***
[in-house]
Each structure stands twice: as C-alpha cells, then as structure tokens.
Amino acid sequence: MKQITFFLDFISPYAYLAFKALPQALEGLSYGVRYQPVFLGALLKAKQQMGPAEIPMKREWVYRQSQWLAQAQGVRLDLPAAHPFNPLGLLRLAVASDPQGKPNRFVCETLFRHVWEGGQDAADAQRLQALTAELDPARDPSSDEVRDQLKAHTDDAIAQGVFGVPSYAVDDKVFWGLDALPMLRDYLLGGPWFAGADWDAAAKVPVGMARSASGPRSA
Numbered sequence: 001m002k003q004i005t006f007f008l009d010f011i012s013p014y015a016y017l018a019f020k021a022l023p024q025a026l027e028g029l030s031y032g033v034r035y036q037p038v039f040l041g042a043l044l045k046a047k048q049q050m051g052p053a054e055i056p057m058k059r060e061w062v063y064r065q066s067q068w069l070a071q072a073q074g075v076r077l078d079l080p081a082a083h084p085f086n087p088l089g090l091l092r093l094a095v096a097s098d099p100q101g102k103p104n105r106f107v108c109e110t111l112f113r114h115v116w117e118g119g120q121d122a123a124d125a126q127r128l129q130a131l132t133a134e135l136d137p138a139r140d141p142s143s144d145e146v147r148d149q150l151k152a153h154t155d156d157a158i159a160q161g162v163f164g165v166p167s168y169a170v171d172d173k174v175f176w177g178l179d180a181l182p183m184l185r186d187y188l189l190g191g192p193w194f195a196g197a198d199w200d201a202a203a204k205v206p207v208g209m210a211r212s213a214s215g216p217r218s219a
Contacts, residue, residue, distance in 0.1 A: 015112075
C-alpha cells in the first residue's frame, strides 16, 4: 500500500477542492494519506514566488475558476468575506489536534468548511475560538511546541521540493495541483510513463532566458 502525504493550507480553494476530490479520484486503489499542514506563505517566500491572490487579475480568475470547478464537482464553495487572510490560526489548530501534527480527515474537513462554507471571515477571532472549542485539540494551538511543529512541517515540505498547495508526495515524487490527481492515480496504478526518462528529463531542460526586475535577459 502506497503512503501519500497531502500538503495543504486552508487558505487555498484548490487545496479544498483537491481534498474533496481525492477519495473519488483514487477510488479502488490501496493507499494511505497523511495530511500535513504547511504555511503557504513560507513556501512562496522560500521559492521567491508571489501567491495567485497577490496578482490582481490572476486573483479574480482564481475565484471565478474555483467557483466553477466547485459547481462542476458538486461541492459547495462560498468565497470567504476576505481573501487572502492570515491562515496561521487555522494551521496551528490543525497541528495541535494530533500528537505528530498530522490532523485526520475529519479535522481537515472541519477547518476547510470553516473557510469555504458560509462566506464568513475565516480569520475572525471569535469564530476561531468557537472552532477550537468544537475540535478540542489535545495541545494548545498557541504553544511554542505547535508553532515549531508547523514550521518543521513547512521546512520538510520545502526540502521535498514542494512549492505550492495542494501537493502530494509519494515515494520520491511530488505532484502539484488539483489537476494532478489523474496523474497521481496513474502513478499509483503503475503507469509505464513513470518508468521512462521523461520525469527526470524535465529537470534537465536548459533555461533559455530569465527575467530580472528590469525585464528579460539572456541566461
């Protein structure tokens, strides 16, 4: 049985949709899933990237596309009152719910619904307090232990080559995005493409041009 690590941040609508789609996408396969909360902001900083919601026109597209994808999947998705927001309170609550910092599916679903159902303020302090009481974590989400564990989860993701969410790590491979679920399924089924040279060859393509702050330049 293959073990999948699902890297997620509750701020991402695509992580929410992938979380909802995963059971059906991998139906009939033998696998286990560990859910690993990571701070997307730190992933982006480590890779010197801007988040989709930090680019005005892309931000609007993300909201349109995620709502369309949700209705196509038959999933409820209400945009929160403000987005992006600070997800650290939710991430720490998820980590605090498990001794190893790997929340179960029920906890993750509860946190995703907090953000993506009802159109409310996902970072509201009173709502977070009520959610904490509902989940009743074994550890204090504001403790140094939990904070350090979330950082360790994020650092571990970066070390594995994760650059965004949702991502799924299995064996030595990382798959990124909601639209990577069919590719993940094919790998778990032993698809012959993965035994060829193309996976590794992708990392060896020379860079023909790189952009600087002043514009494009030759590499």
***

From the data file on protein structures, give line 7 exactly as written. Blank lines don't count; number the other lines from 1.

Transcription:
């Protein structure tokens, strides 16, 4: 049985949709899933990237596309009152719910619904307090232990080559995005493409041009 690590941040609508789609996408396969909360902001900083919601026109597209994808999947998705927001309170609550910092599916679903159902303020302090009481974590989400564990989860993701969410790590491979679920399924089924040279060859393509702050330049 293959073990999948699902890297997620509750701020991402695509992580929410992938979380909802995963059971059906991998139906009939033998696998286990560990859910690993990571701070997307730190992933982006480590890779010197801007988040989709930090680019005005892309931000609007993300909201349109995620709502369309949700209705196509038959999933409820209400945009929160403000987005992006600070997800650290939710991430720490998820980590605090498990001794190893790997929340179960029920906890993750509860946190995703907090953000993506009802159109409310996902970072509201009173709502977070009520959610904490509902989940009743074994550890204090504001403790140094939990904070350090979330950082360790994020650092571990970066070390594995994760650059965004949702991502799924299995064996030595990382798959990124909601639209990577069919590719993940094919790998778990032993698809012959993965035994060829193309996976590794992708990392060896020379860079023909790189952009600087002043514009494009030759590499």